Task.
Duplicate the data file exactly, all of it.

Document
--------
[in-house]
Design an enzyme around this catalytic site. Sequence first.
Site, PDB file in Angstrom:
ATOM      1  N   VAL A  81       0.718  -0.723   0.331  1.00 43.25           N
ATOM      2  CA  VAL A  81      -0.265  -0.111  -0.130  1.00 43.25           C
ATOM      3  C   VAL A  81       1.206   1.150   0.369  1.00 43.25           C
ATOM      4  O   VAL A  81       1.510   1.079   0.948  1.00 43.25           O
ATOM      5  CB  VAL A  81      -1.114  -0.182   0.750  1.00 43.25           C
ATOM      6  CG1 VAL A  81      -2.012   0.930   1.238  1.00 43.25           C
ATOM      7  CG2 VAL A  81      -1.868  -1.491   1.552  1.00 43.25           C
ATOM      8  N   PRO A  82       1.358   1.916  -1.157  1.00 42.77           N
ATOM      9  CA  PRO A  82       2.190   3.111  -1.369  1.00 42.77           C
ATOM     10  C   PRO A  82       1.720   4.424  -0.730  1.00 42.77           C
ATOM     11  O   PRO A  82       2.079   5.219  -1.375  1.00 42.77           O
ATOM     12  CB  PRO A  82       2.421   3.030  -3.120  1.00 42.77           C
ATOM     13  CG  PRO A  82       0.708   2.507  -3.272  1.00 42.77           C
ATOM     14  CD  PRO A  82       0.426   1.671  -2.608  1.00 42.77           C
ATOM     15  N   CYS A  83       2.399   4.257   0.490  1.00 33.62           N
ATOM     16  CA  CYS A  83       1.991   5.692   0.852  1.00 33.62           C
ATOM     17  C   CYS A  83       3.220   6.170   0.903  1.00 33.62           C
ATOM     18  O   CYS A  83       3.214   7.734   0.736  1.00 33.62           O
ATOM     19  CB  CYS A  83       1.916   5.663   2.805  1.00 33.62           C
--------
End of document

[in-house]
Design an enzyme around this catalytic site. Sequence first.
Site, PDB file in Angstrom:
ATOM      1  N   VAL A  81       0.718  -0.723   0.331  1.00 43.25           N
ATOM      2  CA  VAL A  81      -0.265  -0.111  -0.130  1.00 43.25           C
ATOM      3  C   VAL A  81       1.206   1.150   0.369  1.00 43.25           C
ATOM      4  O   VAL A  81       1.510   1.079   0.948  1.00 43.25           O
ATOM      5  CB  VAL A  81      -1.114  -0.182   0.750  1.00 43.25           C
ATOM      6  CG1 VAL A  81      -2.012   0.930   1.238  1.00 43.25           C
ATOM      7  CG2 VAL A  81      -1.868  -1.491   1.552  1.00 43.25           C
ATOM      8  N   PRO A  82       1.358   1.916  -1.157  1.00 42.77           N
ATOM      9  CA  PRO A  82       2.190   3.111  -1.369  1.00 42.77           C
ATOM     10  C   PRO A  82       1.720   4.424  -0.730  1.00 42.77           C
ATOM     11  O   PRO A  82       2.079   5.219  -1.375  1.00 42.77           O
ATOM     12  CB  PRO A  82       2.421   3.030  -3.120  1.00 42.77           C
ATOM     13  CG  PRO A  82       0.708   2.507  -3.272  1.00 42.77           C
ATOM     14  CD  PRO A  82       0.426   1.671  -2.608  1.00 42.77           C
ATOM     15  N   CYS A  83       2.399   4.257   0.490  1.00 33.62           N
ATOM     16  CA  CYS A  83       1.991   5.692   0.852  1.00 33.62           C
ATOM     17  C   CYS A  83       3.220   6.170   0.903  1.00 33.62           C
ATOM     18  O   CYS A  83       3.214   7.734   0.736  1.00 33.62           O
ATOM     19  CB  CYS A  83       1.916   5.663   2.805  1.00 33.62           C